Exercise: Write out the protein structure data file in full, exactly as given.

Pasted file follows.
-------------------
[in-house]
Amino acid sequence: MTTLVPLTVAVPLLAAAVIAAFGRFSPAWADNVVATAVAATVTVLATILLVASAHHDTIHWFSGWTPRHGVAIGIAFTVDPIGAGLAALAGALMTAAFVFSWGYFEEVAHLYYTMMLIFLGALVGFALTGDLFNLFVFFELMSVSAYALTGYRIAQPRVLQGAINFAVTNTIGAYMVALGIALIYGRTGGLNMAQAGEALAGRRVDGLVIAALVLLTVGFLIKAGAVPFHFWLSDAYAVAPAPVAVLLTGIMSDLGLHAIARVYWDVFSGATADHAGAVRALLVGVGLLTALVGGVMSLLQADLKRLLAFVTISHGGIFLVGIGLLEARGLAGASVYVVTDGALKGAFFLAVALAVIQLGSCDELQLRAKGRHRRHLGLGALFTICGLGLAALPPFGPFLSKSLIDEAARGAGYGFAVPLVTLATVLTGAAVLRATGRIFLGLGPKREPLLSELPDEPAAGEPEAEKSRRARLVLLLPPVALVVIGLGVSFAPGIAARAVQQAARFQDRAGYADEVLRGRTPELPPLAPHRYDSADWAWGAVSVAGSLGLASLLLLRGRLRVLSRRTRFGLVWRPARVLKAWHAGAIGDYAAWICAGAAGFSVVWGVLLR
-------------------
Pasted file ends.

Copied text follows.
[in-house]
Amino acid sequence: MTTLVPLTVAVPLLAAAVIAAFGRFSPAWADNVVATAVAATVTVLATILLVASAHHDTIHWFSGWTPRHGVAIGIAFTVDPIGAGLAALAGALMTAAFVFSWGYFEEVAHLYYTMMLIFLGALVGFALTGDLFNLFVFFELMSVSAYALTGYRIAQPRVLQGAINFAVTNTIGAYMVALGIALIYGRTGGLNMAQAGEALAGRRVDGLVIAALVLLTVGFLIKAGAVPFHFWLSDAYAVAPAPVAVLLTGIMSDLGLHAIARVYWDVFSGATADHAGAVRALLVGVGLLTALVGGVMSLLQADLKRLLAFVTISHGGIFLVGIGLLEARGLAGASVYVVTDGALKGAFFLAVALAVIQLGSCDELQLRAKGRHRRHLGLGALFTICGLGLAALPPFGPFLSKSLIDEAARGAGYGFAVPLVTLATVLTGAAVLRATGRIFLGLGPKREPLLSELPDEPAAGEPEAEKSRRARLVLLLPPVALVVIGLGVSFAPGIAARAVQQAARFQDRAGYADEVLRGRTPELPPLAPHRYDSADWAWGAVSVAGSLGLASLLLLRGRLRVLSRRTRFGLVWRPARVLKAWHAGAIGDYAAWICAGAAGFSVVWGVLLR